Fluorescence in situ hybridization (FISH)
Fluorescence in situ hybridization (FISH) is a molecular genetic test used to identify chromosomal abnormalities and other genetic changes in the lymphoma cells. It uses special DNA probes labelled with fluorescent dyes. FISH is used to diagnose genetic abnormalities in the different types of NHL, which can help doctors plan treatments.
Polymerase chain reaction (PCR)
Polymerase chain reaction (PCR) is used to make many copies of a particular gene segment so that it can be tested in the lab. Doctors use PCR to find gene changes and some chromosome changes that are too small to be seen with a microscope. It can help them diagnose and determine a prognosis for a specific type of NHL.
Immunophenotyping is the study of proteins expressed by cells. It is used to determine the type of NHL.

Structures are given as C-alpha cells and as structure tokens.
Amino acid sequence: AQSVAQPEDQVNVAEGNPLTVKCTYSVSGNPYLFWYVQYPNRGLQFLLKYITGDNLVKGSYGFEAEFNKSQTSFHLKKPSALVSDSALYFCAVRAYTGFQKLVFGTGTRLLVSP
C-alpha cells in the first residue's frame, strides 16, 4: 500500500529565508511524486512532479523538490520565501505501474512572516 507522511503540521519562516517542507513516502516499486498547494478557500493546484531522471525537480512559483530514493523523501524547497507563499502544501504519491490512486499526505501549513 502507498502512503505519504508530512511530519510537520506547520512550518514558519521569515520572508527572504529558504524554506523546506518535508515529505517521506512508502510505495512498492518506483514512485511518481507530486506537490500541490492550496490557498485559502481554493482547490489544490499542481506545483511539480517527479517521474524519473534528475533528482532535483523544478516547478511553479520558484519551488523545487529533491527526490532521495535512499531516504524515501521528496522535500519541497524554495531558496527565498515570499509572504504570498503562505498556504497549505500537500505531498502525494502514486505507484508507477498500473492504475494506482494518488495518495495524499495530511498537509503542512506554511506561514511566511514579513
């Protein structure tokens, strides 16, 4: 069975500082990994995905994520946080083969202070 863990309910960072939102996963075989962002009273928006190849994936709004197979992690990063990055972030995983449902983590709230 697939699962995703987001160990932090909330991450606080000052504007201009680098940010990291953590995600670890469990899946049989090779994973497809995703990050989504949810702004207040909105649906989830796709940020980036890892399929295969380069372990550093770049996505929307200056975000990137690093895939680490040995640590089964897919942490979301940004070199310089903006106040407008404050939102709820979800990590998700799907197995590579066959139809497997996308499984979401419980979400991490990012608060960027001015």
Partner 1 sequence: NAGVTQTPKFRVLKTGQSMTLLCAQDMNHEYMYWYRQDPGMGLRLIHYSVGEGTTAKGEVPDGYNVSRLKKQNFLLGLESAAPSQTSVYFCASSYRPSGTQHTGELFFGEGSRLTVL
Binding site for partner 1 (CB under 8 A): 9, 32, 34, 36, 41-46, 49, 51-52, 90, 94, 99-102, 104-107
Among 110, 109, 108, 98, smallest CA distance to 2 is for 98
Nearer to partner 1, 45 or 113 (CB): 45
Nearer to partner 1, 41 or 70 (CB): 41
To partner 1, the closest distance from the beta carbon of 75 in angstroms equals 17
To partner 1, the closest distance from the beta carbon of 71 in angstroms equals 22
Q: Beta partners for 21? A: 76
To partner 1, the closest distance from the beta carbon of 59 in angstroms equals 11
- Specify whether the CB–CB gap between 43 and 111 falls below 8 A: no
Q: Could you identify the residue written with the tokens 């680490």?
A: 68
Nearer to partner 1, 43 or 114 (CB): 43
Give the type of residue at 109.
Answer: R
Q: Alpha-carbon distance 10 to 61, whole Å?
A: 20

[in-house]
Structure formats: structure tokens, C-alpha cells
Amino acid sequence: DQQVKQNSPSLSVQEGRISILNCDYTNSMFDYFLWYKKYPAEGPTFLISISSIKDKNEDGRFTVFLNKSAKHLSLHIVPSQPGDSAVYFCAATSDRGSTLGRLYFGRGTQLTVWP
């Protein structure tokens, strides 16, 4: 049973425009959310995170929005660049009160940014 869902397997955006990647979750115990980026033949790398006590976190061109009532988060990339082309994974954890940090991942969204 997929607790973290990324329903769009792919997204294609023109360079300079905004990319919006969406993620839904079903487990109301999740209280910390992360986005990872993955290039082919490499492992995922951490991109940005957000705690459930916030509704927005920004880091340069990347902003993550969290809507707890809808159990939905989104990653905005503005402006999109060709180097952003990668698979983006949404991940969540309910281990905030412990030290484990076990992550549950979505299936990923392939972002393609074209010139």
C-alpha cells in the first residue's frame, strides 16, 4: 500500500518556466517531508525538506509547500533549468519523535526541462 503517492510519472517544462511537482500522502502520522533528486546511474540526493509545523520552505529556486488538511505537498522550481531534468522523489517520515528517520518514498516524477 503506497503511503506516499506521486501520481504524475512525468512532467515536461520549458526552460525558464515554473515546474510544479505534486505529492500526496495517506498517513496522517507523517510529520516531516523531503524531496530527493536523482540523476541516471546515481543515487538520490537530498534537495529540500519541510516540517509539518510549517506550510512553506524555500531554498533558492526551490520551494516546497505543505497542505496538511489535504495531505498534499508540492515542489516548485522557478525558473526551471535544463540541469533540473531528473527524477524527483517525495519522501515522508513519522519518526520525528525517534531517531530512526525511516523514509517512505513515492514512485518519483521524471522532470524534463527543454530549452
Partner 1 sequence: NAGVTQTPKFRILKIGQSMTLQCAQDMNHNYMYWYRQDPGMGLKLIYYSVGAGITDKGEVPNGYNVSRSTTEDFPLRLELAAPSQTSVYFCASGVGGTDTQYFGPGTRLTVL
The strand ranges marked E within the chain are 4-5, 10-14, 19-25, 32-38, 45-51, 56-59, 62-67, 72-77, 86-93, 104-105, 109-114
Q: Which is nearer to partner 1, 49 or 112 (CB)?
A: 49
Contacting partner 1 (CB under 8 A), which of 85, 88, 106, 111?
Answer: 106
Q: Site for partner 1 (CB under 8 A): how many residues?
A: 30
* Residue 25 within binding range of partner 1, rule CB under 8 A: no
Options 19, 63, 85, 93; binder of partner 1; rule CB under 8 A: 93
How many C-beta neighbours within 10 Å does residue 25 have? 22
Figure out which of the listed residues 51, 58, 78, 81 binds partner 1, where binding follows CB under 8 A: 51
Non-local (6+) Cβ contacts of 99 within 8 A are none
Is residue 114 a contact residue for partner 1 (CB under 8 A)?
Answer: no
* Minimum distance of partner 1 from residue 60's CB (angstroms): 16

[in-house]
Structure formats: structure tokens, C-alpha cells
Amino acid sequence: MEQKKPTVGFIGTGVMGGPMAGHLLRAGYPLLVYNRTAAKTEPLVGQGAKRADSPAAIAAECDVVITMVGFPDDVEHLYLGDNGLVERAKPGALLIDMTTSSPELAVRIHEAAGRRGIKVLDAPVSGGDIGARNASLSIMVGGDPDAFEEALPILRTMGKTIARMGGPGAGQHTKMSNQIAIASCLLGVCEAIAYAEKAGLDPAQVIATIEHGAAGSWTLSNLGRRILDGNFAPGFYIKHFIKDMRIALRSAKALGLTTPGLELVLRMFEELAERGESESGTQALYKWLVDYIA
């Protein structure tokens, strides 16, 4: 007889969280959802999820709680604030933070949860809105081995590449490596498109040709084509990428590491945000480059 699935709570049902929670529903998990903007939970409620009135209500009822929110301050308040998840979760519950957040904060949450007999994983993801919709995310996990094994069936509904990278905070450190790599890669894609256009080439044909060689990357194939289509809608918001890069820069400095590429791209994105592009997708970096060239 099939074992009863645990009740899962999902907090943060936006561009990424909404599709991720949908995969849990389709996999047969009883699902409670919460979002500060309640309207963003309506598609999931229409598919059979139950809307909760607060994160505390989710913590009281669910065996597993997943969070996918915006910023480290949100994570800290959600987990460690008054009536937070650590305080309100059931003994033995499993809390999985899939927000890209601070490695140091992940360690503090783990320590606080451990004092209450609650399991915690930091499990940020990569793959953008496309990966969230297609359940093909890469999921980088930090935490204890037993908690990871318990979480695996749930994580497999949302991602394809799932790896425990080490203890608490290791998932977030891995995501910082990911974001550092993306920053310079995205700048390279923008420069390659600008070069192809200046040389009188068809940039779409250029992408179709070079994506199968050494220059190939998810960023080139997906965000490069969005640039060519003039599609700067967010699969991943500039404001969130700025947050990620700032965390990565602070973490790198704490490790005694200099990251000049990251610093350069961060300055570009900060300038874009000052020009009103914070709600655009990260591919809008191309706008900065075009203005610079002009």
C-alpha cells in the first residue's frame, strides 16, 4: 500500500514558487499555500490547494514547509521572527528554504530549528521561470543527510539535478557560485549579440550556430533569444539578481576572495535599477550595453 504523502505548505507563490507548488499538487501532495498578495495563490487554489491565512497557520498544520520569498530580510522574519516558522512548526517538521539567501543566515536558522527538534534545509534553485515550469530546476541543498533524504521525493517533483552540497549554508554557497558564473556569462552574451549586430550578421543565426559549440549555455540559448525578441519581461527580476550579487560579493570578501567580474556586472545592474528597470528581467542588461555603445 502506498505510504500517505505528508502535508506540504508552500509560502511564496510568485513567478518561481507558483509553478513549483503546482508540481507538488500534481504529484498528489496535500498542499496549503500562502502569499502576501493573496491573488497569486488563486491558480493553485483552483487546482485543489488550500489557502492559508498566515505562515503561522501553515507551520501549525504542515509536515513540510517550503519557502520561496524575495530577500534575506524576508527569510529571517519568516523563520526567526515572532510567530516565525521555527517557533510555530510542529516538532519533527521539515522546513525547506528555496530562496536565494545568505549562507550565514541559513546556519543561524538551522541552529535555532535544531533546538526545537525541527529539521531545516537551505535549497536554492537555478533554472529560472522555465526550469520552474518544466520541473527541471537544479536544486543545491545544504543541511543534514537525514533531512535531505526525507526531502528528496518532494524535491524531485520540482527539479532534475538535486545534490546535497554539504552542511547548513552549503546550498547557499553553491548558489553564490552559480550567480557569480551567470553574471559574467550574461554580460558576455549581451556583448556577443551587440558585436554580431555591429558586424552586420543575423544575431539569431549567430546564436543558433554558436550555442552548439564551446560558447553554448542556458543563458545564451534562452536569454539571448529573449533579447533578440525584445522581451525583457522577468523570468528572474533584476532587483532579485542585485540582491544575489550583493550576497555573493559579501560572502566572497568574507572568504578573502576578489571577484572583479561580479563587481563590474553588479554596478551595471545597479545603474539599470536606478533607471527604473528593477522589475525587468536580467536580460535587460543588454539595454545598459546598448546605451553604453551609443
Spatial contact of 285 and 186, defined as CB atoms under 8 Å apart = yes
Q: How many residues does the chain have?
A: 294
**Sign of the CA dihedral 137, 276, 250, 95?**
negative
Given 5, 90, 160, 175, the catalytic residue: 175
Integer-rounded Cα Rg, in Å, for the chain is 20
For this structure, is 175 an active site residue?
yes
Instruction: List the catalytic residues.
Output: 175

Immunophenotyping uses a very specific antigen-antibody reaction to identify proteins in tissues or cells. It uses monoclonal antibodies marked with a fluorescent label or specific enzyme label that binds only to specific antigens (proteins). The fluorescent or enzyme label allows doctors to see the lymphoma cells.
The following are the 2 most common methods used in immunophenotyping.
Immunohistochemistry uses a microscope to view the fluorescent labels. It also allows doctors to examine cells and what is around them.
Flow cytometry allows doctors to sort and classify cells using fluorescent labels on their surface. Doctors can view many antibodies at the same time. The cells are exposed to a laser, which makes them give off a light that is measured and analyzed by a computer. It allows data to be collected rapidly from thousands of cells in a single sample.
Flow cytometry helps doctors identify unique features of lymphoma cells. These features can help doctors form a prognosis and measure response to treatment by looking at minimal residual disease (MRD). MRD means that there are lymphoma cells in the bone marrow that can’t be found using standard lab tests.
Find out more about cell and tissue studies.
Complete blood count (CBC)
A CBC measures the number and quality of white blood cells, red blood cells and platelets. A CBC is done to: